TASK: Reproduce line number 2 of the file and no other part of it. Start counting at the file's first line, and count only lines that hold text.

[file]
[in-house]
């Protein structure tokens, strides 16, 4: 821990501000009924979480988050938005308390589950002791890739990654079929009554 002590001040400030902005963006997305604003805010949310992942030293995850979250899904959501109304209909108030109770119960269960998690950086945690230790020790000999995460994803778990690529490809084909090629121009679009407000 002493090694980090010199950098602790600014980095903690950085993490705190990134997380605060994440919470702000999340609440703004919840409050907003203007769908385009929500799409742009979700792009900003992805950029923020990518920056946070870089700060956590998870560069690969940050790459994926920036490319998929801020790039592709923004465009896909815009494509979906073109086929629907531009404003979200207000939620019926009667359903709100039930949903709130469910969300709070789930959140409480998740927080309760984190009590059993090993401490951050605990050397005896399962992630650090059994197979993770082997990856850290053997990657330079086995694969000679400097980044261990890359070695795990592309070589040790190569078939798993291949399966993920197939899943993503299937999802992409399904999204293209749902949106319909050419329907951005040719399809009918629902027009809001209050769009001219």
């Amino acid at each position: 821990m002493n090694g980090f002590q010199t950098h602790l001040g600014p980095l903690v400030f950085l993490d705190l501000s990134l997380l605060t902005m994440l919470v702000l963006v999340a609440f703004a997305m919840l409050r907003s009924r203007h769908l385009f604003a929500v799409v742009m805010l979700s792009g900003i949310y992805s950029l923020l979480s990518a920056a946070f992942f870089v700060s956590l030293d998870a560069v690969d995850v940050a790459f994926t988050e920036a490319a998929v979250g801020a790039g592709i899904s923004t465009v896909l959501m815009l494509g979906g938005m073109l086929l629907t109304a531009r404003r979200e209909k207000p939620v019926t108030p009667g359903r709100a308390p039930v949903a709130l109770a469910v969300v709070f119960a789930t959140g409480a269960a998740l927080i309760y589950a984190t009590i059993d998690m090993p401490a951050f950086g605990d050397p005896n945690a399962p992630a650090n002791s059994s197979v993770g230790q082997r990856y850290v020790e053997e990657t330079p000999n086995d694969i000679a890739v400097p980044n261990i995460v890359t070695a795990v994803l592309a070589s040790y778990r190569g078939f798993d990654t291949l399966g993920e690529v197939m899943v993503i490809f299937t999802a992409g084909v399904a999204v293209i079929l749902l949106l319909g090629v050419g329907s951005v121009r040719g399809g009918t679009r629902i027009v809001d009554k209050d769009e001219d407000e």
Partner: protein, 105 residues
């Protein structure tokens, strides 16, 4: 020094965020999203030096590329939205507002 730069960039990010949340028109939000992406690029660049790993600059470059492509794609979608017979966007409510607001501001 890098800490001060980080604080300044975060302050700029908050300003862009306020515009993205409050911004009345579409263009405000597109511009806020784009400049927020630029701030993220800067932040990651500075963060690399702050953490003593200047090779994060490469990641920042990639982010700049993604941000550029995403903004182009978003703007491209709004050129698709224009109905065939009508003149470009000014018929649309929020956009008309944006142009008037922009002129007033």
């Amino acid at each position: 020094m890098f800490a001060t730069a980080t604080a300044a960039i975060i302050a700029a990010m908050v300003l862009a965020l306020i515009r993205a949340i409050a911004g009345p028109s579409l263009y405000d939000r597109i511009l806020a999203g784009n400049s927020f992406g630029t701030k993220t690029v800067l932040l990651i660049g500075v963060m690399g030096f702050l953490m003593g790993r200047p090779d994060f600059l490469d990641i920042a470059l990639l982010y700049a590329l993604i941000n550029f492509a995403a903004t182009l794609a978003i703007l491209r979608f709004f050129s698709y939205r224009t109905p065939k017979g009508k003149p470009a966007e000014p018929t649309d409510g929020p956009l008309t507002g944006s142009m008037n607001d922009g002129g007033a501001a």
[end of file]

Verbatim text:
């Protein structure tokens, strides 16, 4: 821990501000009924979480988050938005308390589950002791890739990654079929009554 002590001040400030902005963006997305604003805010949310992942030293995850979250899904959501109304209909108030109770119960269960998690950086945690230790020790000999995460994803778990690529490809084909090629121009679009407000 002493090694980090010199950098602790600014980095903690950085993490705190990134997380605060994440919470702000999340609440703004919840409050907003203007769908385009929500799409742009979700792009900003992805950029923020990518920056946070870089700060956590998870560069690969940050790459994926920036490319998929801020790039592709923004465009896909815009494509979906073109086929629907531009404003979200207000939620019926009667359903709100039930949903709130469910969300709070789930959140409480998740927080309760984190009590059993090993401490951050605990050397005896399962992630650090059994197979993770082997990856850290053997990657330079086995694969000679400097980044261990890359070695795990592309070589040790190569078939798993291949399966993920197939899943993503299937999802992409399904999204293209749902949106319909050419329907951005040719399809009918629902027009809001209050769009001219």